There are plenty of laughs to be found watching “Theodore’s Super Fun Adventure” at the Orlando Fringe Festival.
ORLANDO – “Theodore’s Super Fun Adventure” starts off as a gay-meets-cute comedy, has a wonderfully engaging performance by lead actor Mike Van Dyke, tosses out plenty of funny quips … and then it takes a radical, startling change in tone at the end.
The very light beginning is almost a bit misleading at first, and as I thought about the play afterwards, I realized I had missed the initial clues about the direction it was heading in.
But they were there from the start.
“Theodore’s,” now playing at the Orlando International Fringe Theatre Festival, was written by local funnyman Bobby DeSormier and directed by veteran performer Rob Ward. It begins as a comedy about a nervous, socially awkward young gay man from the sticks, Theodore (Van Dyke), who just moved to the Big Apple, found himself an apartment above a local restaurant, and even has a gay bar right across the street. Continue reading
Adam Francis Proulx is performing his show “Baker’s Dozen: 12 Angry Puppets” at the Orlando Fringe Festival.
ORLANDO – Adam Francis Proulx is a very funny performer, a comedic talent with an arsenal of voices that he switches back and forth to with a tremendous amount of skill. He has an ability to create a seemingly endless array of quirky, goofy personas.
That skill comes in handy during his show at the Orlando International Fringe Theatre Festival, as Proulx comes onto a bare stage, and then entertains by creating one hilarious character after another.
Oh, and he gets some help — from the puppet he carries, and the kit filled with eyes, mouths and wigs to help transform that solitary puppet into — well, the many jurors at the trial that makes up his show, “Baker’s Dozen: 12 Angry Puppets.”
Proulx’s show is about the ongoing trial following the shocking discover that the local Baker has been found dead in his bathtub. The Baker’s husband, the Butcher is the main suspect, and is now on trial for the crime.
But the jurors also need to decide what role the the mysterious Candlestick Maker — who also happened to be in the bathtub at the time — may have played in this case. And the Candlestick Maker is missing.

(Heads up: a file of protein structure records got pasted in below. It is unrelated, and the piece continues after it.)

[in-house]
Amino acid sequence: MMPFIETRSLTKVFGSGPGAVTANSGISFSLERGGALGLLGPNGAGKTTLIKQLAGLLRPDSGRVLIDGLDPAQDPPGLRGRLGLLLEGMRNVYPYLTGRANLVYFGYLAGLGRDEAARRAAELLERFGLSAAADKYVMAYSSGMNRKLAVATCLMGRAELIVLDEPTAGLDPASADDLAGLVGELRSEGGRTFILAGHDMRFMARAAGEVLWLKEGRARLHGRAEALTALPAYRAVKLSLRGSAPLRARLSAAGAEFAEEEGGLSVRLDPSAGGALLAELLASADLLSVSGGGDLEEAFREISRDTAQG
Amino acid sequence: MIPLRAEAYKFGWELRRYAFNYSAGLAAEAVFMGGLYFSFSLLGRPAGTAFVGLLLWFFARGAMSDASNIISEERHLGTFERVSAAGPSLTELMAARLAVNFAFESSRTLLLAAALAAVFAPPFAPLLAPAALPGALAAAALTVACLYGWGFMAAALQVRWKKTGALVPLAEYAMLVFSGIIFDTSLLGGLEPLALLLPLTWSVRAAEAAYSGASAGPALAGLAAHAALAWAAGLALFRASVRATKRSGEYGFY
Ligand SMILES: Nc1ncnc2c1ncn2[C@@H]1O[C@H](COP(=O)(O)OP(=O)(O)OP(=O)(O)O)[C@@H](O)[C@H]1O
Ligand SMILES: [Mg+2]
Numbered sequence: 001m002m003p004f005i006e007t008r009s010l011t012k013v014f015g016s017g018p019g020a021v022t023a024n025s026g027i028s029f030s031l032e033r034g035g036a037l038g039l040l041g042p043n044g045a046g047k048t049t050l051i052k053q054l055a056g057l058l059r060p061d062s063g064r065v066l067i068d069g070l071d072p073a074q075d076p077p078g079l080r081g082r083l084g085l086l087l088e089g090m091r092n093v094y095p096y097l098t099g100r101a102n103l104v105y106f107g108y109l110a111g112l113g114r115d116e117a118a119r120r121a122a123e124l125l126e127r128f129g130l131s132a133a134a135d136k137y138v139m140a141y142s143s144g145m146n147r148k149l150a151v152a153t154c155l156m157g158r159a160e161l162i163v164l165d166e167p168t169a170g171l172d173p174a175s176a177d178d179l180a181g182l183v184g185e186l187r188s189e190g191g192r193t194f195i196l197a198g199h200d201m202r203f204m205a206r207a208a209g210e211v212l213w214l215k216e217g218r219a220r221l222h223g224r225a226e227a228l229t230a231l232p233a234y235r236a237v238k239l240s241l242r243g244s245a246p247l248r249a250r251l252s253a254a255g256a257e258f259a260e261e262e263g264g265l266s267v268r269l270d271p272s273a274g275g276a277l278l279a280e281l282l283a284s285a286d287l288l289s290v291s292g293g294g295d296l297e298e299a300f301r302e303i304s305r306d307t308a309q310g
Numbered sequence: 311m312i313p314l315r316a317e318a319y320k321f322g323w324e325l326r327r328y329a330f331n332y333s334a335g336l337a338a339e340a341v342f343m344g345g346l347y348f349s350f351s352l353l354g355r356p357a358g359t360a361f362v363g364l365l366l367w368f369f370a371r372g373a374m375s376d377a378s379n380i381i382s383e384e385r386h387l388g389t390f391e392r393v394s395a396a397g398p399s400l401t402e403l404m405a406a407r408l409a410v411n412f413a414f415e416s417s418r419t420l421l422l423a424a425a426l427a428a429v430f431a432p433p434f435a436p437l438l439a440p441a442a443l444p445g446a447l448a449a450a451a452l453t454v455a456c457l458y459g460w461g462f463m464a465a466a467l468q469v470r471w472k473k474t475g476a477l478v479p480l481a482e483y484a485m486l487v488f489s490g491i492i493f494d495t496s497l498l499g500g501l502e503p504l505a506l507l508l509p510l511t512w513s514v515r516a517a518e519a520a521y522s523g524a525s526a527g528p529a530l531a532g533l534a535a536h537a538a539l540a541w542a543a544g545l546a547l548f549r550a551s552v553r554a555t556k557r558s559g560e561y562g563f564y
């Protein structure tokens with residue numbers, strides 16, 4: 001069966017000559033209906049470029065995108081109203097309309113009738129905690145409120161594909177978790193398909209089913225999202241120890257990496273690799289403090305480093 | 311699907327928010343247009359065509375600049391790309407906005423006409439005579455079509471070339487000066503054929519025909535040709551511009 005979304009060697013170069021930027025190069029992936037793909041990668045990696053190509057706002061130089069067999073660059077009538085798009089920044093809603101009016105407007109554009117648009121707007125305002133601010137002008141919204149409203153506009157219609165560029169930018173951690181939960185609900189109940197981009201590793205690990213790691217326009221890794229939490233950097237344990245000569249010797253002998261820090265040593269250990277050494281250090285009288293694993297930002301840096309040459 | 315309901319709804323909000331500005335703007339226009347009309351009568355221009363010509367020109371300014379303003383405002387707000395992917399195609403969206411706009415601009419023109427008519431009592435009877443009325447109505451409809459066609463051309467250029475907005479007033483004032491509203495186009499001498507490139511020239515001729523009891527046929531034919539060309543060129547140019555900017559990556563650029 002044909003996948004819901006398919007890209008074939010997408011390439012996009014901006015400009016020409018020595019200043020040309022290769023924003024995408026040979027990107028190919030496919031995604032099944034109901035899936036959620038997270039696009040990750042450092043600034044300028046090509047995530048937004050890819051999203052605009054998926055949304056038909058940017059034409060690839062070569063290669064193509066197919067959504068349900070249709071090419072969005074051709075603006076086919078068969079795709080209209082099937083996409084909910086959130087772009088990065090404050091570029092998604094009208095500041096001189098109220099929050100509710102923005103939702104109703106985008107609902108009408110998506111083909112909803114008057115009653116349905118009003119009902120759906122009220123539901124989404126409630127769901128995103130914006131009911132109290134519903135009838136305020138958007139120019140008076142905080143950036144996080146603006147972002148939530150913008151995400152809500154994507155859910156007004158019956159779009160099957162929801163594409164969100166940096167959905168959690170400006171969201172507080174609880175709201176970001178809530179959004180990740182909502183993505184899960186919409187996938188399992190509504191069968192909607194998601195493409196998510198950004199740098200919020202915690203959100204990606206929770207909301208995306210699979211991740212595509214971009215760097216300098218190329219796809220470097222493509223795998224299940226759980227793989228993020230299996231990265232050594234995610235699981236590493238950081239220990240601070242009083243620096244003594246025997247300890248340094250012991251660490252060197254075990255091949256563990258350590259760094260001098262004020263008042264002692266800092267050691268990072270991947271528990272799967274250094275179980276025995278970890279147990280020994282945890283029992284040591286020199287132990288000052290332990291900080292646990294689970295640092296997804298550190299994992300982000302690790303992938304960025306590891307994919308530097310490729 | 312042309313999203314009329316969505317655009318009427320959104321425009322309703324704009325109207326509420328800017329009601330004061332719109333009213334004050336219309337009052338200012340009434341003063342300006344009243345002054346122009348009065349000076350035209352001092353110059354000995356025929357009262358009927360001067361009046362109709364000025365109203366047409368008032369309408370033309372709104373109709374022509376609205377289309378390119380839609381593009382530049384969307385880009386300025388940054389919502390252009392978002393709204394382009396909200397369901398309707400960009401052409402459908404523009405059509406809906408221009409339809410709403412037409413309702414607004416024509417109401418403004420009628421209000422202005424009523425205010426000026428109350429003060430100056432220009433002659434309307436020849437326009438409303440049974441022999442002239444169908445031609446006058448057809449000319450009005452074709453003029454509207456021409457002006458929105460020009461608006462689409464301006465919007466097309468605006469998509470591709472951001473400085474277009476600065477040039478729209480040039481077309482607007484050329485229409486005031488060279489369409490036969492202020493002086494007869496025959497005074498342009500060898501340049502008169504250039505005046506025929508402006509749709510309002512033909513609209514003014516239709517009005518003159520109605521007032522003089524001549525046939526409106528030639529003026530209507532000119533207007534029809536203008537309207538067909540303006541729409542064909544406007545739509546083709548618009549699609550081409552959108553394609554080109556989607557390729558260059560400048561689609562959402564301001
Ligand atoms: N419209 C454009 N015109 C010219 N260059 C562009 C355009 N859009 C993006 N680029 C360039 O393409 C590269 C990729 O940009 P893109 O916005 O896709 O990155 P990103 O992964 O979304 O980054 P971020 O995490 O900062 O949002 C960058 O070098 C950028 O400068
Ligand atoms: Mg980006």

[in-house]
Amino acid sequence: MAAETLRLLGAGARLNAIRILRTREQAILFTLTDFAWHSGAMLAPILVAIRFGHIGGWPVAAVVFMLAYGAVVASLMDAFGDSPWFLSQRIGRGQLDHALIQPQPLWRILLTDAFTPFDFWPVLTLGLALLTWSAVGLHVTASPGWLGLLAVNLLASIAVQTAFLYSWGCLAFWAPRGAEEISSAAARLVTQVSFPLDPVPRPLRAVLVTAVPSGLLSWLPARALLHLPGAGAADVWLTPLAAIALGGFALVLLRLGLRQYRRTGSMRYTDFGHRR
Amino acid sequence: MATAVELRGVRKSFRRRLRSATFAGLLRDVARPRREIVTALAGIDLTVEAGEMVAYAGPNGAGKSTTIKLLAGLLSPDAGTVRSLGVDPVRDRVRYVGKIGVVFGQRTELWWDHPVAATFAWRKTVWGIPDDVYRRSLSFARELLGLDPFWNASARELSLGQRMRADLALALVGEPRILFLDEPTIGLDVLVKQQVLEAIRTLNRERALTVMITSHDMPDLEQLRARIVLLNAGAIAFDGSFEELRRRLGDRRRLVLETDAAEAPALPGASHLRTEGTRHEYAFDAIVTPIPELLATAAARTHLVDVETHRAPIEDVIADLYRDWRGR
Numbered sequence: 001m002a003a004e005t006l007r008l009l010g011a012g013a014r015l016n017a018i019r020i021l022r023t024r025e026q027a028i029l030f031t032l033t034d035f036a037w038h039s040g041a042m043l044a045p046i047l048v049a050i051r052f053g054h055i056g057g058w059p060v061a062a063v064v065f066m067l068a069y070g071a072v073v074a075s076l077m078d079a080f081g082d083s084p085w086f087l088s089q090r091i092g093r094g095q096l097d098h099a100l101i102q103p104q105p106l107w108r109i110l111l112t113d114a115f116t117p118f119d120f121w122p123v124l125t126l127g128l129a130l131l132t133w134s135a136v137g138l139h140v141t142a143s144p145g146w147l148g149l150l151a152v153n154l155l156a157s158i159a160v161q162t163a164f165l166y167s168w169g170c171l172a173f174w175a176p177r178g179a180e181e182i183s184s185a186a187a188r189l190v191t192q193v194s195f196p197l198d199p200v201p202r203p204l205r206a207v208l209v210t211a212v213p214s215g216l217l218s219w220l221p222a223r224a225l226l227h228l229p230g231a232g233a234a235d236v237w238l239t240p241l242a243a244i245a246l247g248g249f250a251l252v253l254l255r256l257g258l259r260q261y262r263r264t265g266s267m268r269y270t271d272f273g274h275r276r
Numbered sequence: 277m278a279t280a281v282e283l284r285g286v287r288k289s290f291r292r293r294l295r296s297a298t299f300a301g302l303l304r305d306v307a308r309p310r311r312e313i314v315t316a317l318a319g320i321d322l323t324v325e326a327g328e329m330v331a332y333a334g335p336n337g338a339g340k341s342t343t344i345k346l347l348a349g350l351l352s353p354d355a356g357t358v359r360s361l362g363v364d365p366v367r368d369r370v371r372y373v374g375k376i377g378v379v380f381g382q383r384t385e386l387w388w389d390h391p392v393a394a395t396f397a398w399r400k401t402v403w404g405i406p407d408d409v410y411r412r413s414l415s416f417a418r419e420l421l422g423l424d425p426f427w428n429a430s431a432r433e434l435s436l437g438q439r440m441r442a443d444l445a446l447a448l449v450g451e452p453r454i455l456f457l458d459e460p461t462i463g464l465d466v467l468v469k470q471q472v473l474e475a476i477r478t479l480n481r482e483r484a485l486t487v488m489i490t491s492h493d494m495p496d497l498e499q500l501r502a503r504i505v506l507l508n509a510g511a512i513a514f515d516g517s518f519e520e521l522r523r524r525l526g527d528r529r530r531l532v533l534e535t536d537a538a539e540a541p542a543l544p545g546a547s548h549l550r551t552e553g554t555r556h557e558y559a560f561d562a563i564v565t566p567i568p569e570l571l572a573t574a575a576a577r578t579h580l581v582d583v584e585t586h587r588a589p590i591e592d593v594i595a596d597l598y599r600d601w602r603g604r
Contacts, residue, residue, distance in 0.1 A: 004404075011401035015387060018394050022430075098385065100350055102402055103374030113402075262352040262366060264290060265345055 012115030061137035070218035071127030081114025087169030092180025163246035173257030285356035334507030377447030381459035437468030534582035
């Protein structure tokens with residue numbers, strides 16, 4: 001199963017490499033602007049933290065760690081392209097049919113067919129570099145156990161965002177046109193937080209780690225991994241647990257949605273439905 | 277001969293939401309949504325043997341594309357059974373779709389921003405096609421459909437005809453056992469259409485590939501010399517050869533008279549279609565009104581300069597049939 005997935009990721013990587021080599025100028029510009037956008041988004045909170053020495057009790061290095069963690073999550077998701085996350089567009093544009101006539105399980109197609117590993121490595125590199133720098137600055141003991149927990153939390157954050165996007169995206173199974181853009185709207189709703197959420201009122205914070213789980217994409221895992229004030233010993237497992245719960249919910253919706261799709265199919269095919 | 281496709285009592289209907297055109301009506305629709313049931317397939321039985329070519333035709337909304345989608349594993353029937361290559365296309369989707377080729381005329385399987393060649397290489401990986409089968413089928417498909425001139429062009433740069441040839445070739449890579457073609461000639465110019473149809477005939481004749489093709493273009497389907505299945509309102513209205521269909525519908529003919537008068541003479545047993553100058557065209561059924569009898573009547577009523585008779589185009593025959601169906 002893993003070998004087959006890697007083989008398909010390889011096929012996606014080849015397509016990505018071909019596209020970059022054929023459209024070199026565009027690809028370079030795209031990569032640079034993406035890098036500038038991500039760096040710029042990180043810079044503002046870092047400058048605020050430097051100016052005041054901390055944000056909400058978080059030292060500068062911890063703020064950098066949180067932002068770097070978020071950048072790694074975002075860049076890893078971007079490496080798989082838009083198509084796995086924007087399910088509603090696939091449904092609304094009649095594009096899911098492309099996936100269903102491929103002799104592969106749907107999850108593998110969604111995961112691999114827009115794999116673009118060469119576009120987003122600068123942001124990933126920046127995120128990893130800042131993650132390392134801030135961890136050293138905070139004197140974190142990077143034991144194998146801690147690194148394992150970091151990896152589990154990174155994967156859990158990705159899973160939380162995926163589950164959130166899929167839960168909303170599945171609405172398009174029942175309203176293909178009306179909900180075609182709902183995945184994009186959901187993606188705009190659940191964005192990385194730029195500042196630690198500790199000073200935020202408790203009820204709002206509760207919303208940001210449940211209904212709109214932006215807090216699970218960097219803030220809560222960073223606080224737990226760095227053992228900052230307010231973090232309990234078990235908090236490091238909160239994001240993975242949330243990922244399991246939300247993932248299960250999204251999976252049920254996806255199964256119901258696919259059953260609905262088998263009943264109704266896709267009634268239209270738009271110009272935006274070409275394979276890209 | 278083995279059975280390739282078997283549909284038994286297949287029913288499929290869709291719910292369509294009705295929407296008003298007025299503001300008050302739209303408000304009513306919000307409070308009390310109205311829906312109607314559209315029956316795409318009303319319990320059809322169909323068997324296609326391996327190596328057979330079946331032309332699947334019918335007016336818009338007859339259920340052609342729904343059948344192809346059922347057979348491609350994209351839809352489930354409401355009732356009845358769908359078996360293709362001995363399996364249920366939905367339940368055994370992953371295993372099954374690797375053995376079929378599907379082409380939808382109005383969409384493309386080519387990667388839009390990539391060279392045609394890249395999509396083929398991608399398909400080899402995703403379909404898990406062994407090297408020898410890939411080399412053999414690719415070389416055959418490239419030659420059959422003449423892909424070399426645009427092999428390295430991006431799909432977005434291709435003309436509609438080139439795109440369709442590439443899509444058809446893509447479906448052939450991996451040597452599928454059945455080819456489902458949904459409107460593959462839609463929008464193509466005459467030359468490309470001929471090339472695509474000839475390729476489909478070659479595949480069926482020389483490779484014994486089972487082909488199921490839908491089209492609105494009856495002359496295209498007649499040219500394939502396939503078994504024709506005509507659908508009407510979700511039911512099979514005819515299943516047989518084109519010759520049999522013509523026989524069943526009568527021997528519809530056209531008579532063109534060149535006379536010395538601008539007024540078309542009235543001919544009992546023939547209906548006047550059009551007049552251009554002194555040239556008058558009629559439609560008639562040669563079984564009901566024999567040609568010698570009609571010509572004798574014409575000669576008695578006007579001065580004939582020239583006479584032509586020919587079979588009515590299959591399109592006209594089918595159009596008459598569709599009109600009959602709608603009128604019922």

It’s all up to that 12-member jury to sort out the facts for us.
Proulx’s show is a lot of fun — think of it as a bit more risqué than “Sesame Street,” but not quite as outre as “Avenue Q.”
It follows the basic concept of the 1957 Hollywood movie “12 Angry Men,” only in this case there are several women on the jury, and they’re a diverse bunch, often more interested in one another — not always in a good way — than the case. Continue reading
“Everything I Need to Know I Learned From… Ethel Merman” is a musical extravaganza coming to the Orlando Fringe Festival in May.
ORLANDO – Legendary Broadway performers, after years of building up a loyal audience, have often discovered that they can build a show around something else: themselves.
After years of entertaining crowds with their renditions of classic show tunes, they finally start to open up about the lives they’ve kept secret from fans. And as gifted performers, they know how to narrate their lives — the joys, the tragedies, the heartache that caused them to struggle behind the scenes, even moments before bursting on the stage, looking radiant and ready to entertain.
And, chances are, they also know there are fans out there who idolize them, their music, and their larger than life personality. In most instances, they probably never know just how powerfully they can inspire someone.
That was the role that legendary Broadway performer Ethel Merman served for Mickey Layman, the singer, actor and comedic performer at Sleuth’s Mystery Dinner Shows
and many other Orlando theater productions. With a passion for Merman’s music and career, Layman decided to pay tribute to her with his show at the Orlando International Fringe Theatre Festival
“Everything I Need to Know I Learned From … Ethel Merman” honors the career of the star of “Gypsy” and “Annie Get Your Gun,” the woman that Layman calls “the wisest Diva of them all,” as he sings some of her classic songs, like “You’re The Top,” “I Got Lost In His Arms,” and “Everything’s Coming Up Roses.” Continue reading